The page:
Celebrities often comment on the difficulties they face handling the press, but what is it like for the journalists having to interview the stars?
Emma Thompson bounded down the stairs her arms flung open in greeting. I docked in her embrace and the Oscar-winning actress kissed me enthusiastically on both reddening cheeks.
"I haven't seen you for weeks, how the devil are you? I didn't realise you'd be doing the interview; I'm so delighted," she exclaimed.
Emma Thompson's friendliness was disarming
I had never met the woman before in my life.
Blushing furiously in the face of such an effusive (and misplaced) welcome, I had been well and truly disarmed.
So much so, I almost forgot to press record when starting my radio interview.
Flustered, I forgot to ask about the implosion of her marriage to Kenneth Branagh which was on the front page of nearly every British newspaper that morning.
It was the worst interview of my professional career (to date).
Celebrity: 1. Naive reporter: 0.
In the daily wrestling bout between the media and celebrity, Emma Thompson is Stone Cold Steve Austin.
There are others adept at manipulating reporters, most notably Tom Hanks, Will Smith and Ewan McGregor.
They manage to convey the general impression that they're not only talented, they're also the most down-to-earth world famous multimillionaires you are ever likely to meet.
Tom Hanks has successful interview technique
This is partly down to successful interview technique.
Will Smith, for instance, peppers his responses to journalists' questions with "nobody's ever asked me that before", "that's such a good question" and the guaranteed junket-pleaser: "I'm going to tell you something I've never told anyone."
You leave the hotel room feeling you have managed to secure a soundbite that evaded the other 20 or so broadcast interviewers (that's how many TV and radio reporters an A-List actor promoting a big budget film will meet on a promotional trip to the UK).
It's only when you watch your interview back in the office, you realise you've been artfully deceived. They are actors, after all.
There are other ways to keep the media on your side in interviews.
Some try flirting, whatever the gender or sexuality of the reporter sitting opposite.
Brenda Blethyn: Flirtatious, moi?
Those include Vin Diesel, Helena Bonham Carter, John Travolta and, most successfully, Brenda Blethyn (I'm blushing again).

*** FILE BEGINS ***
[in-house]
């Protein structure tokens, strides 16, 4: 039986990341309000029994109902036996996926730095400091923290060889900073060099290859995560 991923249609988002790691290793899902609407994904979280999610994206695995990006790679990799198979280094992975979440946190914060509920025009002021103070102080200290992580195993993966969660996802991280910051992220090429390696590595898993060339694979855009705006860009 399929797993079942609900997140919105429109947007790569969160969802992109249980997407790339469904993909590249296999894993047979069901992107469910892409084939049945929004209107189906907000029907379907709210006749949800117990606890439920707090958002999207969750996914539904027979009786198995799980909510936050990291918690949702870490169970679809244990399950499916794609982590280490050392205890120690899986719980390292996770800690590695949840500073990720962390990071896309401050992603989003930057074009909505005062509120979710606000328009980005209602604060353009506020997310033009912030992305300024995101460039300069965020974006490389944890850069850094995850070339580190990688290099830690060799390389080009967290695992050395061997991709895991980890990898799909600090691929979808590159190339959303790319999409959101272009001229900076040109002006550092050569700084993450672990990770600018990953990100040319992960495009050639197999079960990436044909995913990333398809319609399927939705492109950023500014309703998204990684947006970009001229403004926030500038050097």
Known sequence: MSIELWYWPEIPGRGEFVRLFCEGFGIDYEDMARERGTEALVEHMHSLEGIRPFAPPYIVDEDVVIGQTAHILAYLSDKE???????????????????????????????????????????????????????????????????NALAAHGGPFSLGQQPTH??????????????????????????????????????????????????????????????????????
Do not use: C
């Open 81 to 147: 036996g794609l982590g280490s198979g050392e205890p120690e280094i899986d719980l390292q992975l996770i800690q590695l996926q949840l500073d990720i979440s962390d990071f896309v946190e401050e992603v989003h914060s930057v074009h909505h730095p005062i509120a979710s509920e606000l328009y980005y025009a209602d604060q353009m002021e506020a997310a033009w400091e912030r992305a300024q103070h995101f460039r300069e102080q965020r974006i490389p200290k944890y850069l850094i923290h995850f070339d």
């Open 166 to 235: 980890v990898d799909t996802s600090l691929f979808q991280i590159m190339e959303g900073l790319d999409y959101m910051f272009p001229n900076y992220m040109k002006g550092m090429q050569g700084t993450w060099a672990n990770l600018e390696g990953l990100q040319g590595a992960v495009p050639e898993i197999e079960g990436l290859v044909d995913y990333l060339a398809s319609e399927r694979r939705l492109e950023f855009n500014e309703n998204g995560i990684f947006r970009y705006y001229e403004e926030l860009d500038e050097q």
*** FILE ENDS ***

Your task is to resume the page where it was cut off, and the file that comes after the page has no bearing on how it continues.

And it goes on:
Others distinguish themselves by being polite and friendly.
Tom Hanks and Julia Roberts are among those who create such a genial air in the interrogation room, they intoxicate the reporter.
But while undoubtedly some of these stars are pleasant (and flirty), no journalist should expect these junket interviews (as demonstrated in Notting Hill) to elicit genuine responses.
The celebrities are contractually obliged to promote their films, or albums, and will be well coached in dealing with the media.
They will give a tantalising Polaroid of life in the family home, but won't drag out the family album.
Ulrika Jonsson sold her life story in a biography
Getting the balance right is tricky but can reap considerable dividends.
These stars are working to promote two multinational corporations: the company for which they make music or films and the brand bearing their own name.
With so much resting on these interviews little is left to chance and most moments of spontaneity have been carefully planned, most ad libs have been scripted in advance.
There is of course the occasional misstep.
The boyband Blue turned red when one of the group Lee Ryan made a poorly judged remark after the terror attacks in America.
The group disappeared from view for several days, only to return well versed in non-controversial PR speak.
They "wanted to thank their fans," really appreciated everybody's support" and signed autographs on every proffered scrap of paper.
But in the absence of any real revelations, the more enthusiastic media organs have turned to long lens cameras for their exclusives.
The increasingly invasive nature of paparazzi photography is just one example of the way the relationship between reporters and reported is changing: over the past two years the wrestling bout has turned into a bloody round of bare knuckle fighting.
The Daily Mirror has led the charge of scythe-wielding journalists ready to hack down celebrity poppies.
Others have followed. Celebrities who refuse to divulge details about their private lives are lambasted for being evasive, while those who divulge too much (like the glamour model Jordan or Ulrika Jonsson) are characterised as desperate.
There is also pressure on celebrities from another front.
Increasingly broadcast news organisations, including the BBC, are including reports on popular culture in their bulletins.
They don't want to delve into the private lives of the famous - but they do want coherent and intelligent comment about topics ranging from 11 September to the perceived decline in the quality of American cinema.
Hungry internet sites
Now, not only are they expected to look nice, they have to be bright as well.
So celebrities in 2003 are expected to dish more without telling us too much, make an effort whenever there's a photographer around or face ridicule, be ready to comment eloquently on world affairs, while attempting to satisfy the rapacious appetite of 24 hour news channels, hungry internet sites and the daily newspapers, many of which now choose to revel in their failure.
If you disregard the money they earn, the tables they can secure in the most exclusive restaurants, the free clothes and jewellery and the slavish devotion of millions, you could almost feel sorry for them.